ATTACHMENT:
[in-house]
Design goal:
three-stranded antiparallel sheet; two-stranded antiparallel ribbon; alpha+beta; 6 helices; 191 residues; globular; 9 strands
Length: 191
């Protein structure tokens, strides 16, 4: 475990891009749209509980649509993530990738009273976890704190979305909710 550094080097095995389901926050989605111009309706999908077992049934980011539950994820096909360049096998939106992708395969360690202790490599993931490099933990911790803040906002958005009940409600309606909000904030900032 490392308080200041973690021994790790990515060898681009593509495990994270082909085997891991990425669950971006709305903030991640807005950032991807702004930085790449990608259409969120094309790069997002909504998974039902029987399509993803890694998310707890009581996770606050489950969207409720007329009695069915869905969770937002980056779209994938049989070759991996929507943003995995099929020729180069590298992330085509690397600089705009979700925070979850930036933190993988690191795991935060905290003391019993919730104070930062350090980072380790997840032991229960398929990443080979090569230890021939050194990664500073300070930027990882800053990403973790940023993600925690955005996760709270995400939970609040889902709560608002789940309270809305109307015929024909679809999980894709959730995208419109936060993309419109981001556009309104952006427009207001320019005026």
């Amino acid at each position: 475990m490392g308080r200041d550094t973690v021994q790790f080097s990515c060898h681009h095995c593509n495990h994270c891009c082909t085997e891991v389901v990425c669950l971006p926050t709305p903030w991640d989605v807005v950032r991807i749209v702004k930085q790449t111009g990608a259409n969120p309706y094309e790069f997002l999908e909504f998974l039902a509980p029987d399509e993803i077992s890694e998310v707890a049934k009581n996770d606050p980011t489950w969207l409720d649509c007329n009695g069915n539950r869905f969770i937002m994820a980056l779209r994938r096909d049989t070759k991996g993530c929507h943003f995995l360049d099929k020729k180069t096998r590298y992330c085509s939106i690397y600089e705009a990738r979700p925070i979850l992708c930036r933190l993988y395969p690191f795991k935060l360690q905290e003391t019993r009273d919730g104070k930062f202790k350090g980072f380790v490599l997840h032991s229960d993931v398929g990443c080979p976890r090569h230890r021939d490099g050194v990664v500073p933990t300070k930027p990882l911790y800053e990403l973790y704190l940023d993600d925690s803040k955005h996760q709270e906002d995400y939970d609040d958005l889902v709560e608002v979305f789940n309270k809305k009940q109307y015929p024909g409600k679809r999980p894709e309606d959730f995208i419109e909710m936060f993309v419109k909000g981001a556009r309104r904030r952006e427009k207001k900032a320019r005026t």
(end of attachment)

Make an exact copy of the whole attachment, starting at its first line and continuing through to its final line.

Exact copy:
[in-house]
Design goal:
three-stranded antiparallel sheet; two-stranded antiparallel ribbon; alpha+beta; 6 helices; 191 residues; globular; 9 strands
Length: 191
């Protein structure tokens, strides 16, 4: 475990891009749209509980649509993530990738009273976890704190979305909710 550094080097095995389901926050989605111009309706999908077992049934980011539950994820096909360049096998939106992708395969360690202790490599993931490099933990911790803040906002958005009940409600309606909000904030900032 490392308080200041973690021994790790990515060898681009593509495990994270082909085997891991990425669950971006709305903030991640807005950032991807702004930085790449990608259409969120094309790069997002909504998974039902029987399509993803890694998310707890009581996770606050489950969207409720007329009695069915869905969770937002980056779209994938049989070759991996929507943003995995099929020729180069590298992330085509690397600089705009979700925070979850930036933190993988690191795991935060905290003391019993919730104070930062350090980072380790997840032991229960398929990443080979090569230890021939050194990664500073300070930027990882800053990403973790940023993600925690955005996760709270995400939970609040889902709560608002789940309270809305109307015929024909679809999980894709959730995208419109936060993309419109981001556009309104952006427009207001320019005026």
């Amino acid at each position: 475990m490392g308080r200041d550094t973690v021994q790790f080097s990515c060898h681009h095995c593509n495990h994270c891009c082909t085997e891991v389901v990425c669950l971006p926050t709305p903030w991640d989605v807005v950032r991807i749209v702004k930085q790449t111009g990608a259409n969120p309706y094309e790069f997002l999908e909504f998974l039902a509980p029987d399509e993803i077992s890694e998310v707890a049934k009581n996770d606050p980011t489950w969207l409720d649509c007329n009695g069915n539950r869905f969770i937002m994820a980056l779209r994938r096909d049989t070759k991996g993530c929507h943003f995995l360049d099929k020729k180069t096998r590298y992330c085509s939106i690397y600089e705009a990738r979700p925070i979850l992708c930036r933190l993988y395969p690191f795991k935060l360690q905290e003391t019993r009273d919730g104070k930062f202790k350090g980072f380790v490599l997840h032991s229960d993931v398929g990443c080979p976890r090569h230890r021939d490099g050194v990664v500073p933990t300070k930027p990882l911790y800053e990403l973790y704190l940023d993600d925690s803040k955005h996760q709270e906002d995400y939970d609040d958005l889902v709560e608002v979305f789940n309270k809305k009940q109307y015929p024909g409600k679809r999980p894709e309606d959730f995208i419109e909710m936060f993309v419109k909000g981001a556009r309104r904030r952006e427009k207001k900032a320019r005026t």